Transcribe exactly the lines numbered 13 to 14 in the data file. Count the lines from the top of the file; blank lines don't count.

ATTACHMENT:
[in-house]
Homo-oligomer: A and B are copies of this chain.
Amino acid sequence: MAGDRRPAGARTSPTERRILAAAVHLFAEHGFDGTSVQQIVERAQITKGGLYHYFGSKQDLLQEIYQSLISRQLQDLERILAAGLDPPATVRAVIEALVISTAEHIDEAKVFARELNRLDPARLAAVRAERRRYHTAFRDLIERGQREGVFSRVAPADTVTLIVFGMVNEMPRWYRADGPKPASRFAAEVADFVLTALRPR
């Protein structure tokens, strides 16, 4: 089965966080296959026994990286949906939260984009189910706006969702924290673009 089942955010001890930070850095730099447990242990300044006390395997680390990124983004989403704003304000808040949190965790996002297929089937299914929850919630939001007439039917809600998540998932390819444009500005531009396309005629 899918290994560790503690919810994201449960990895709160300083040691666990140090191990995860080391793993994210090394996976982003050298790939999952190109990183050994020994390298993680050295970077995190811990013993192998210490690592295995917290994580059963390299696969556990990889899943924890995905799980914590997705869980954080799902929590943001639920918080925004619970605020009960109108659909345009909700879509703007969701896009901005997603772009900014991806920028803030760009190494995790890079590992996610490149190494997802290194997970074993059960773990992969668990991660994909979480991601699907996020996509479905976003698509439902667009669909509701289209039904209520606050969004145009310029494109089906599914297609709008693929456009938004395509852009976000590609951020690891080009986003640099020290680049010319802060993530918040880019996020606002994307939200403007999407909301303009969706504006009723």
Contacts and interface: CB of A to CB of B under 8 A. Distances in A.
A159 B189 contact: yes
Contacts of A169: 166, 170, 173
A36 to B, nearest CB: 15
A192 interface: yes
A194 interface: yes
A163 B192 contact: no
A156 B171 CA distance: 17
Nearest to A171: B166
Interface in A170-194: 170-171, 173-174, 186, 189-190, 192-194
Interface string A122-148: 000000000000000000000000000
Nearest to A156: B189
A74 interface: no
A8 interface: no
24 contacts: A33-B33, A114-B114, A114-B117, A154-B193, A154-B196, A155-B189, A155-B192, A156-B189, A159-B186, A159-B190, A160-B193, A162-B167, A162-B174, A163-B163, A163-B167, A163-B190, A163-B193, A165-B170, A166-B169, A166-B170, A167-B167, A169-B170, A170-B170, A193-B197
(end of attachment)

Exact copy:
Nearest to A171: B166
Interface in A170-194: 170-171, 173-174, 186, 189-190, 192-194